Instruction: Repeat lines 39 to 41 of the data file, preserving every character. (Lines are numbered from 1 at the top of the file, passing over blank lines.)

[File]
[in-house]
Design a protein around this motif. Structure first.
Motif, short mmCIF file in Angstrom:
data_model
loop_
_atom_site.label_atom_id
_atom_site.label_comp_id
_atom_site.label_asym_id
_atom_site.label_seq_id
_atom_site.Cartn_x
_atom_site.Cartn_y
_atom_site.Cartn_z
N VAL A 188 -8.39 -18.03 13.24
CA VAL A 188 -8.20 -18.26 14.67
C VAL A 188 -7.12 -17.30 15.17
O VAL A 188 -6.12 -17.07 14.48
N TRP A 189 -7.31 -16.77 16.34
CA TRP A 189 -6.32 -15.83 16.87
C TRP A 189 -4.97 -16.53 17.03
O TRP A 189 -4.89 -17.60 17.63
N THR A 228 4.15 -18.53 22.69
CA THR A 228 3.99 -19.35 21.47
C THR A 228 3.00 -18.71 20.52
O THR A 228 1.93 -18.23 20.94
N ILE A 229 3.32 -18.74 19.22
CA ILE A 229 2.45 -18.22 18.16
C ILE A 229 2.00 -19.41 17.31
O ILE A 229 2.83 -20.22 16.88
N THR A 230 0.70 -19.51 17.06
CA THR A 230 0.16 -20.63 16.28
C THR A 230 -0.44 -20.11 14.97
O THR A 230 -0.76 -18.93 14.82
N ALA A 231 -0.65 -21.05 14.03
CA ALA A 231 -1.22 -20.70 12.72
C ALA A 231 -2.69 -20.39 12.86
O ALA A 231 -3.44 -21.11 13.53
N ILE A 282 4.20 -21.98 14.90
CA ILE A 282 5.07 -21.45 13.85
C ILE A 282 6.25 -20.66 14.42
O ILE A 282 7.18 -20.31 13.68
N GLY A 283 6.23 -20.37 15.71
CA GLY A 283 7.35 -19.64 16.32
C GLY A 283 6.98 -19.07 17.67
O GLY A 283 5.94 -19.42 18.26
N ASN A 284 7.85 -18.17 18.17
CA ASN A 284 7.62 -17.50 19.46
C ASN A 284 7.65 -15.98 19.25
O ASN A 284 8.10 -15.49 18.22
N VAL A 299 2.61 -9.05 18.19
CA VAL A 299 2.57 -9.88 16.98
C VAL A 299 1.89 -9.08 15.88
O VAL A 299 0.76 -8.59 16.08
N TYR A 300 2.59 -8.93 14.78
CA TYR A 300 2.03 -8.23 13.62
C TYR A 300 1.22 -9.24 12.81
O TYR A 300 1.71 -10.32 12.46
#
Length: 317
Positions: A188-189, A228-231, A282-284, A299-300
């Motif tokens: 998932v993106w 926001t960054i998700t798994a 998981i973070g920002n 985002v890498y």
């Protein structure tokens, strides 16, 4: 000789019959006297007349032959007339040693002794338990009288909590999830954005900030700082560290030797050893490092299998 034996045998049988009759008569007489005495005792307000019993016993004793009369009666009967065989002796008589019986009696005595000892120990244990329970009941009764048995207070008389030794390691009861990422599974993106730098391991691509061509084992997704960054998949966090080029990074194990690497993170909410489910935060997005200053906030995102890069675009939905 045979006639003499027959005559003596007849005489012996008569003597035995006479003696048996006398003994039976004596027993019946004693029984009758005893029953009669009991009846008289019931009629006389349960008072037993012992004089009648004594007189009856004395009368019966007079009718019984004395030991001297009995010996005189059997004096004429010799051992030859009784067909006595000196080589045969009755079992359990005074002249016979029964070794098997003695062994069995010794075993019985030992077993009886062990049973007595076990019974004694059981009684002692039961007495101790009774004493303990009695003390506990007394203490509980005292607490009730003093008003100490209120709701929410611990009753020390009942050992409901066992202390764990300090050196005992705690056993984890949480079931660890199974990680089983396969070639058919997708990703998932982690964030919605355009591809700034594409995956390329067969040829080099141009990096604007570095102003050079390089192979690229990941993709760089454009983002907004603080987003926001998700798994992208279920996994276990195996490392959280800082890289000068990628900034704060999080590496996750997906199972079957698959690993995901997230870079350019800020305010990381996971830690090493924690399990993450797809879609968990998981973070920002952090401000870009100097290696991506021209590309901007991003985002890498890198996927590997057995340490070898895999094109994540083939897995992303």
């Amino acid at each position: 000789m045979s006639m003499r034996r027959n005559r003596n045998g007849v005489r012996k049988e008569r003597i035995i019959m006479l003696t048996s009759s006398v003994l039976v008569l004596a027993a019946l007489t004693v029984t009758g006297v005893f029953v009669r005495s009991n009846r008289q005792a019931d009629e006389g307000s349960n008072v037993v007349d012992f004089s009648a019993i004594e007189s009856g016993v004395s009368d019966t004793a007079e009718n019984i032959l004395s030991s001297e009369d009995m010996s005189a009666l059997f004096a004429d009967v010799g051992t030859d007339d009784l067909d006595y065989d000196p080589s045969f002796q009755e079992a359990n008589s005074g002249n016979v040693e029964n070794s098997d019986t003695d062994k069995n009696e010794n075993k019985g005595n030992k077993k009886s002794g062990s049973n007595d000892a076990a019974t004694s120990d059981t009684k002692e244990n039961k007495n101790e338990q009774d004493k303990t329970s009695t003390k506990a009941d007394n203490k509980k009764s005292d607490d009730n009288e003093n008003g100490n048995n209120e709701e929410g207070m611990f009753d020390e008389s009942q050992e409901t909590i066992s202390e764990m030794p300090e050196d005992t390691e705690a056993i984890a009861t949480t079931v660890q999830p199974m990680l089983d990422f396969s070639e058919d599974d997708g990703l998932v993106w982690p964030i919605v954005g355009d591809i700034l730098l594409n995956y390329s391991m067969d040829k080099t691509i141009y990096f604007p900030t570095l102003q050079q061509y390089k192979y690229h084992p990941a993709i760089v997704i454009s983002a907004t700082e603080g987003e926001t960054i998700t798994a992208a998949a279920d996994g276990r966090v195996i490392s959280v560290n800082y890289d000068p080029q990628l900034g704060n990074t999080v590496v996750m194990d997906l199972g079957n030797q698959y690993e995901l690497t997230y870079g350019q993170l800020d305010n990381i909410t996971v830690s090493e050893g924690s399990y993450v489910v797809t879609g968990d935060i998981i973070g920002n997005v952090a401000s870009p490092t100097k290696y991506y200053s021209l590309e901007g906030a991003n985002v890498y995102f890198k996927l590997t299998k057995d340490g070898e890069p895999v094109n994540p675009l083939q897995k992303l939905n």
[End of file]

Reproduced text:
C ILE A 282 6.25 -20.66 14.42
O ILE A 282 7.18 -20.31 13.68
N GLY A 283 6.23 -20.37 15.71